Caring for newborn kittens
Look twice at an “abandoned” kitten
It’s not unusual to discover a kitten or litter of kittens hiding beneath a porch or bush in the spring and summer months, when most litters are born. However, a kitten or kittens left alone have not necessarily been orphaned. The mother may be hiding, away hunting, or in the process of moving the litter from one location to a new safe spot.
The best plan is to step back and observe the location for a bit. Give the mother time to return or to complete the litter’s move. If the mother arrives but isn’t wearing a collar, contact your vet or a local feral cat rescue group to learn the safest way to capture the mother and her litter.
When it becomes clear the kitten or litter has been abandoned—or if they appear ill, cold or malnourished—carefully wrap the kitten or litter of kittens in a warm blanket and place them in a carrier or box. Then schedule an appointment for a visit to the vet. Your vet will provide you with specific instructions based on the kitten’s or litter’s age and health.
Feeding newborn kittens: a labor of love
Ideally, a nursing cat should foster orphaned kittens: milk from a surrogate mother provides the best nutrition. Additionally, interaction with her and her litter helps socialize the abandoned kittens to other cats. If a surrogate mother can’t be found, orphaned kittens less than three weeks old must be bottle-fed every 1-2 hours with a commercial feline milk replacer. Cow’s milk should not be fed to kittens—it can cause diarrhea.
When the kittens are 3-4 weeks old, you can begin to give them milk replacer and softened kitten food in a bowl every four hours. However, supplemental bottle-feeding may still be needed. So be sure to consult your vet to determine the best diet and feeding schedule for your foster kittens.
Helping developing bowels
Kittens less than three weeks old are unable to have a bowel movement on their own, so a mother cat must lick and groom the kitten’s anal region to stimulate elimination. To mimic a mother cat’s tongue, moisten a cloth or bit of gauze in warm water. Then rub it on the kitten’s anus and genital region after each feeding to encourage elimination.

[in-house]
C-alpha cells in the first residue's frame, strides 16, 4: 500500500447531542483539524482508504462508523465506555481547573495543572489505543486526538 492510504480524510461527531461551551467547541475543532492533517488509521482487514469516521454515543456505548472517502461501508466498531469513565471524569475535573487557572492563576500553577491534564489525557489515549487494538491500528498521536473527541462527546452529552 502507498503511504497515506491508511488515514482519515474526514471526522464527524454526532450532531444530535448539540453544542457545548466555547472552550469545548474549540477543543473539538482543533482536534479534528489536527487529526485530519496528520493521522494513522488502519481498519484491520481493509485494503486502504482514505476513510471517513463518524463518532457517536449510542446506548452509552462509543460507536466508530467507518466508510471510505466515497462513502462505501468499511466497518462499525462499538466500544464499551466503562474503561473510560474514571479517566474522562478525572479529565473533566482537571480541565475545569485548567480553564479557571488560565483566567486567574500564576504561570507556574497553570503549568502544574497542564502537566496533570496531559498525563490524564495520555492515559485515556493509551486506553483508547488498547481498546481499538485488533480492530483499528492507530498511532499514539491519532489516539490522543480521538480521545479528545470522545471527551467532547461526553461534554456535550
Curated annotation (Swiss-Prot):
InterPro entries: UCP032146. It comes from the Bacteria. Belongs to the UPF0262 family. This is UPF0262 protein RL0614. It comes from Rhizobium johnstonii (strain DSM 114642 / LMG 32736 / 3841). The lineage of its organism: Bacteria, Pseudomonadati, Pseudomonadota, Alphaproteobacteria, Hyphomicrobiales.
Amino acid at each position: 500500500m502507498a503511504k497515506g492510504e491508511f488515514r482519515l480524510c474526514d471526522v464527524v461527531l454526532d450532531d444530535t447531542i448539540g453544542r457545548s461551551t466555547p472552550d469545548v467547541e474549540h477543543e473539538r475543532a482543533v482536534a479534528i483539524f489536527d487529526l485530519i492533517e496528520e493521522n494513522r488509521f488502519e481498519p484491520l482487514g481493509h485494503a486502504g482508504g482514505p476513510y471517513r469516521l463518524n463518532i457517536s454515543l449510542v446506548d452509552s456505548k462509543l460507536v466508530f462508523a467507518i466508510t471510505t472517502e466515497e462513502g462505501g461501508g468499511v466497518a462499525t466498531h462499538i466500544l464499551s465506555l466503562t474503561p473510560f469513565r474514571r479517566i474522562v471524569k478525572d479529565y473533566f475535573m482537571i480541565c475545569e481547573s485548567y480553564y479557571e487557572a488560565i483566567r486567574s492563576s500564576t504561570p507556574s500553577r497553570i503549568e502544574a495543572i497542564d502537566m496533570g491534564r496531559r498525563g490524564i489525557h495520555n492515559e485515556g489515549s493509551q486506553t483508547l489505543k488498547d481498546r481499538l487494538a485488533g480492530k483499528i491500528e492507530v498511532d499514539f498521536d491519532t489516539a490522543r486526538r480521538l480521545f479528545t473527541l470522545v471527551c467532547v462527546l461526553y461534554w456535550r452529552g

Keep them safe & warm
Newborn kittens won’t open their eyes until they’re 6-10 days old, and kittens up to two weeks old may not have mastery of their back legs muscles and will drag themselves by their front legs instead. No sight and limited mobility makes for vulnerable newborns—to keep them safe, place them in a pet carrier or large box until they have better awareness of their abilities and environment.
Because newborn kittens can’t regulate their own body temperature, they may need help from you to keep warm. So place a warm water bottle wrapped in a towel or a well-insulated heating pad at one end of the kittens’ carrier or box. Then check on the kittens frequently to help make sure they are not too cold or overheated.
Healthy from the start
Healthy, content kittens will sleep much of the time, eat heartily at feedings and readily engage with their environment and littermates. They will also gain weight and urinate and defecate normally post-feeding. If your foster kitten seems unresponsive, does not eat or gain weight or appears or acts differently from his littermates, consult your vet right away. Newborn kittens are particularly susceptible to a variety of illnesses and their health can deteriorate quickly, so immediate medical attention is best for a newborn kitten.